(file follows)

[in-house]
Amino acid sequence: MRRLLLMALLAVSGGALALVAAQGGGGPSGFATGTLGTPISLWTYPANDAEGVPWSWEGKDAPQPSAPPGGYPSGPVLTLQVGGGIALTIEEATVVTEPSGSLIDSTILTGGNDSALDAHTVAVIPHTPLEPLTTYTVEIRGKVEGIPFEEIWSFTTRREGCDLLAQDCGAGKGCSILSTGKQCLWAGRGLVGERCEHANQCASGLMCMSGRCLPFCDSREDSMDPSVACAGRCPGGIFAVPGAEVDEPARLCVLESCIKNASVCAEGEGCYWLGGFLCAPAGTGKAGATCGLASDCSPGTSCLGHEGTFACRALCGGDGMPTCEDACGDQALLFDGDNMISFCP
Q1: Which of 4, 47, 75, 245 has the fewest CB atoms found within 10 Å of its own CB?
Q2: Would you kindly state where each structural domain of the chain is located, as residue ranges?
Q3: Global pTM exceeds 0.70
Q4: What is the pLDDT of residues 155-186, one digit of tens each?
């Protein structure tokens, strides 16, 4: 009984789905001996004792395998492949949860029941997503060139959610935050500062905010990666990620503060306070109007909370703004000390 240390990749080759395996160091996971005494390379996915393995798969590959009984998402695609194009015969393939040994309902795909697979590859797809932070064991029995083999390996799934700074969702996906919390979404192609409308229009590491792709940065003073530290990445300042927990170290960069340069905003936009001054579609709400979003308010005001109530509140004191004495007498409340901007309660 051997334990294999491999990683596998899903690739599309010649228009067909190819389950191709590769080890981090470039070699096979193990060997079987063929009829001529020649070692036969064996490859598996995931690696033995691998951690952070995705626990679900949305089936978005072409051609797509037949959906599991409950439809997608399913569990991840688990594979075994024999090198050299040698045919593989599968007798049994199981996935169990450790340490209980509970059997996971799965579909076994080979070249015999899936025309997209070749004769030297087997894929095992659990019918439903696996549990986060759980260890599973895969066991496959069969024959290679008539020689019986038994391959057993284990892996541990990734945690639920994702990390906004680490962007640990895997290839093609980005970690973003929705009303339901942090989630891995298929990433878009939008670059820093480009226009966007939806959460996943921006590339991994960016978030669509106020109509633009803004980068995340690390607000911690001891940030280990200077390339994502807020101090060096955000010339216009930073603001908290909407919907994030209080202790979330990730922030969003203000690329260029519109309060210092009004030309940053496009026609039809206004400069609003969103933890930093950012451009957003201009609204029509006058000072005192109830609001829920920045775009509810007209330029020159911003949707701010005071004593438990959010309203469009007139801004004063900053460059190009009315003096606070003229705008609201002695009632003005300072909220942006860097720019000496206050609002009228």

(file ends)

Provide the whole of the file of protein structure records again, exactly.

[in-house]
Amino acid sequence: MRRLLLMALLAVSGGALALVAAQGGGGPSGFATGTLGTPISLWTYPANDAEGVPWSWEGKDAPQPSAPPGGYPSGPVLTLQVGGGIALTIEEATVVTEPSGSLIDSTILTGGNDSALDAHTVAVIPHTPLEPLTTYTVEIRGKVEGIPFEEIWSFTTRREGCDLLAQDCGAGKGCSILSTGKQCLWAGRGLVGERCEHANQCASGLMCMSGRCLPFCDSREDSMDPSVACAGRCPGGIFAVPGAEVDEPARLCVLESCIKNASVCAEGEGCYWLGGFLCAPAGTGKAGATCGLASDCSPGTSCLGHEGTFACRALCGGDGMPTCEDACGDQALLFDGDNMISFCP
Q1: Which of 4, 47, 75, 245 has the fewest CB atoms found within 10 Å of its own CB?
Q2: Would you kindly state where each structural domain of the chain is located, as residue ranges?
Q3: Global pTM exceeds 0.70
Q4: What is the pLDDT of residues 155-186, one digit of tens each?
């Protein structure tokens, strides 16, 4: 009984789905001996004792395998492949949860029941997503060139959610935050500062905010990666990620503060306070109007909370703004000390 240390990749080759395996160091996971005494390379996915393995798969590959009984998402695609194009015969393939040994309902795909697979590859797809932070064991029995083999390996799934700074969702996906919390979404192609409308229009590491792709940065003073530290990445300042927990170290960069340069905003936009001054579609709400979003308010005001109530509140004191004495007498409340901007309660 051997334990294999491999990683596998899903690739599309010649228009067909190819389950191709590769080890981090470039070699096979193990060997079987063929009829001529020649070692036969064996490859598996995931690696033995691998951690952070995705626990679900949305089936978005072409051609797509037949959906599991409950439809997608399913569990991840688990594979075994024999090198050299040698045919593989599968007798049994199981996935169990450790340490209980509970059997996971799965579909076994080979070249015999899936025309997209070749004769030297087997894929095992659990019918439903696996549990986060759980260890599973895969066991496959069969024959290679008539020689019986038994391959057993284990892996541990990734945690639920994702990390906004680490962007640990895997290839093609980005970690973003929705009303339901942090989630891995298929990433878009939008670059820093480009226009966007939806959460996943921006590339991994960016978030669509106020109509633009803004980068995340690390607000911690001891940030280990200077390339994502807020101090060096955000010339216009930073603001908290909407919907994030209080202790979330990730922030969003203000690329260029519109309060210092009004030309940053496009026609039809206004400069609003969103933890930093950012451009957003201009609204029509006058000072005192109830609001829920920045775009509810007209330029020159911003949707701010005071004593438990959010309203469009007139801004004063900053460059190009009315003096606070003229705008609201002695009632003005300072909220942006860097720019000496206050609002009228």